"It looks like it was your mom's choice. If this is true, your documents of identity and adoption are falsified. Technically, you are undocumented." He cleared his throat.
Sofia leaned forward. "You've got to be kidding. I grew up in Leverett. I was a Girl Scout. I'm on the varsity soccer team. What does this mean? Can I be sent away from you and Mom?"
Sofia's skin was golden, the color of light brown sugar. Her hands looked small pressed against the white paper. She had always referred to herself as "a person of some color," which had pleasantly confused her teachers.
"First, let's find out if this is true. Martin is gone, but Kate can answer everything."
Sam pushed up from his chair and stood up. "You probably have other questions; I know I do. Your stepdad went on to say that Kate has lived with a daily terror that you would be deported or that some other harm would come to you. According to this, she refused to allow him to disclose any of this to you. He also said your mother was the bravest person he'd ever known."
She loved how soft her grandfather's hair was, how gray, how predictable.
"Can I keep this?"
"Of course. It's yours. I have a copy," he said.
"Am I going to be deported? This is my home," she said. Sofia had the sense that the floor was shifting and everything she knew was slipping away.
"You are my granddaughter and this is your home. I swear to you that I didn't know any of this, not since the first day I saw you standing with your mother at Logan Airport."
"I want to talk to Mom first. Alone. Do you think that my father could have done this as a joke? He was a funny guy. He once dressed up as the tooth fairy, with a tutu and everything, and showed up in my bedroom when I woke up...."
She had never seen her grandfather so serious. "There is always the possibility that someone isn't telling the truth or that their version of the truth might not jibe with a videotaped version of an event. But I don't believe your stepdad would tell you anything but the truth. He loved you and Kate more than anything else in the world." Sam leaned forward and reached for Sofia's hands, covering them in his paper-roughened palms.
"There must be a good reason that Martin did this. I loved him like a son," said Sam, his eyes shutting for a moment.
"The lawyer said that Martin instructed that this letter be given to me no sooner than six months after his death with the hope that this news would be more tolerable to you. Martin wanted me to give you this letter because he knew that Kate wouldn't. Or couldn't. He didn't want to hurt you, but he believed that you deserved the truth. I'm trying to understand that this was complicated and difficult for him."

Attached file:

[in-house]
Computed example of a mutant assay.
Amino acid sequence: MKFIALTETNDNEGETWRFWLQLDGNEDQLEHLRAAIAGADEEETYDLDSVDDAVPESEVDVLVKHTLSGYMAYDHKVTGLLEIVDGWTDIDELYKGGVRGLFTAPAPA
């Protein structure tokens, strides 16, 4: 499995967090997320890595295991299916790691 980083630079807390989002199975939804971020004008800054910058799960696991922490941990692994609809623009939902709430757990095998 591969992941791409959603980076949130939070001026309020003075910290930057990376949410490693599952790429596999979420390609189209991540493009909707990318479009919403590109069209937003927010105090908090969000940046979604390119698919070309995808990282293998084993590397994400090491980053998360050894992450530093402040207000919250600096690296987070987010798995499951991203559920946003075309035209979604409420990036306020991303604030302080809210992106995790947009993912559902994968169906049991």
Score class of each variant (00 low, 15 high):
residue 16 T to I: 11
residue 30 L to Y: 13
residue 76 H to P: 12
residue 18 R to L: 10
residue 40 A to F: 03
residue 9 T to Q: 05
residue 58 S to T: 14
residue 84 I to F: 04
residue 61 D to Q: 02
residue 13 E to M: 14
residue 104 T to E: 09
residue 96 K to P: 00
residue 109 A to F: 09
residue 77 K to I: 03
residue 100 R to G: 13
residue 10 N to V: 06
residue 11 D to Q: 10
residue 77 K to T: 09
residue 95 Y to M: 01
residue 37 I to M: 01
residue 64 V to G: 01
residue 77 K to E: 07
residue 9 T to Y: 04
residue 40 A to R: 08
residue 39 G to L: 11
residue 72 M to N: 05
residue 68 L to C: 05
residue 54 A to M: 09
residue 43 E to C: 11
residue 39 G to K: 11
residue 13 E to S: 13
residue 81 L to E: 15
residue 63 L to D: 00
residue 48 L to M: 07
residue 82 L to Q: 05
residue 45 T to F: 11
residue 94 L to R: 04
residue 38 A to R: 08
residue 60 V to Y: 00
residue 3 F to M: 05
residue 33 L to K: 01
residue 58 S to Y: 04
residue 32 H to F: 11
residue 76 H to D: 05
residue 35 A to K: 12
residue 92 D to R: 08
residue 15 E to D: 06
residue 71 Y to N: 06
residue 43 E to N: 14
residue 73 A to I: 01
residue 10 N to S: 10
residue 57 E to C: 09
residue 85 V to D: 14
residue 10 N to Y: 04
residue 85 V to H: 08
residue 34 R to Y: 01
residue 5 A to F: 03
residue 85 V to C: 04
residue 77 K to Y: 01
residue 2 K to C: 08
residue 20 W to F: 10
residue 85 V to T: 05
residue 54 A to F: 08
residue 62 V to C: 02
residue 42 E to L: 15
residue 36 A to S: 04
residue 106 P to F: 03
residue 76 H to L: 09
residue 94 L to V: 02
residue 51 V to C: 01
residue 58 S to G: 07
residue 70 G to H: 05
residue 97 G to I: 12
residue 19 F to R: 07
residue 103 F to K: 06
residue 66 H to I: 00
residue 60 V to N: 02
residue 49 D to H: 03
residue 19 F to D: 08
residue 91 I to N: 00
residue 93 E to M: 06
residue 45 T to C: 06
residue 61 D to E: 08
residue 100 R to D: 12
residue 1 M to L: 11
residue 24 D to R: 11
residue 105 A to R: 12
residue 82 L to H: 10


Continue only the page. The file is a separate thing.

Her mother had taken her out of Guatemala illegally? Why? And if so, why had she lied to her?
"I have to go home now," she said, giving her grandpa's hands a squeeze.
She started to get up and her legs refused to cooperate. Sofia was an athlete, a soccer player who had already been contacted by a college recruiter. Unless she was injured, which she had been on numerous occasions in the course of her soccer career, her body was the surest thing in life. It never occurred to her that her body wouldn't obey a command to stand up. She put her hands on the arms of the chair and pushed. She got halfway up and fell back again.
"Hang on, Sweet Pea. You were probably holding your breath and you didn't know it. People do that with shocking news. Breathe deeply. I'll get you some water."
He got up and left the room. She heard the sound of a fridge opening and the rubber-sealed closing. Something squeaked in his shoes, otherwise she never would have heard him coming back. He handed her a plastic bottle of water. She twisted off the cap and took a sip.
"Tap water," she said in a whisper.
"This is just tap water in a fancy bottle. Don't waste your money or the plastic."
"You sound like your mother," he said.
She wanted to get out of the post office with its heavy scent of paper and glue, to breathe outside air.
"Maybe this isn't true," she said, feeling her legs again.
"Maybe," he said. "The lawyer said he was going to call your mother. I'll try to get to her first."
He plucked a business card from the envelope and peered at it as if the thing could speak. He pinched it between thumb and forefinger.
"We are family and I don't care what a piece of paper says. Do you understand me? Nothing has changed."
But everything had changed. Sofia hugged her grandfather and pressed her face into his large chest.
"Tell Mom I'm riding home," she said, pushing away from the safety of his chest.
Outside, she unlocked the Schwinn and hopped on. But as soon as she grabbed the handlebars, she shook with sudden tears that she had held back while reading the letter. Her stepdad helped her buy the bike, promising trail rides in the summer. Every time she touched the bike, she thought of him, smiling, riding next to her. But why had he done something as weird as this? Did she really know him at all?CHAPTER 2